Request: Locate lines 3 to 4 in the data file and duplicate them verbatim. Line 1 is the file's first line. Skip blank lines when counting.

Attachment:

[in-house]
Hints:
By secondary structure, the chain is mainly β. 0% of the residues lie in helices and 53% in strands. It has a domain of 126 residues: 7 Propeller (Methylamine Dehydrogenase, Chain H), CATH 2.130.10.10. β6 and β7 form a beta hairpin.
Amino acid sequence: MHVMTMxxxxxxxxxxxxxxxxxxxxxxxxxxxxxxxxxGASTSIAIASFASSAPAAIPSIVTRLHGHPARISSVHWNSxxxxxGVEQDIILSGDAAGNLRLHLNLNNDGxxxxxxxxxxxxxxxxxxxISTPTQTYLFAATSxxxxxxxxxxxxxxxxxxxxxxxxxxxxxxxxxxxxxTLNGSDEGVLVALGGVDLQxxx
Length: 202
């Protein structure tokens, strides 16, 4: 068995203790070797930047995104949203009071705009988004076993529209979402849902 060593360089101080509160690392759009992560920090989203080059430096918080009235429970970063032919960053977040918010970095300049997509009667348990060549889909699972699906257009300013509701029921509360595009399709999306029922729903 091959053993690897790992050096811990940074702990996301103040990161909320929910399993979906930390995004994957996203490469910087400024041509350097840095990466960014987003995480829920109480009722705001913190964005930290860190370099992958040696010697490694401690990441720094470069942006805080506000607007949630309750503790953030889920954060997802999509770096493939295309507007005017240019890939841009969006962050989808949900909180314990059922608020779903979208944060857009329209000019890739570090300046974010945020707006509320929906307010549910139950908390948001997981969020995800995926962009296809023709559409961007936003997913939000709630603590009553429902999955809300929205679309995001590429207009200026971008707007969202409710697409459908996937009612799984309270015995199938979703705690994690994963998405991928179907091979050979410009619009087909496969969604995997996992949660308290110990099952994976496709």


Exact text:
By secondary structure, the chain is mainly β. 0% of the residues lie in helices and 53% in strands. It has a domain of 126 residues: 7 Propeller (Methylamine Dehydrogenase, Chain H), CATH 2.130.10.10. β6 and β7 form a beta hairpin.
Amino acid sequence: MHVMTMxxxxxxxxxxxxxxxxxxxxxxxxxxxxxxxxxGASTSIAIASFASSAPAAIPSIVTRLHGHPARISSVHWNSxxxxxGVEQDIILSGDAAGNLRLHLNLNNDGxxxxxxxxxxxxxxxxxxxISTPTQTYLFAATSxxxxxxxxxxxxxxxxxxxxxxxxxxxxxxxxxxxxxTLNGSDEGVLVALGGVDLQxxx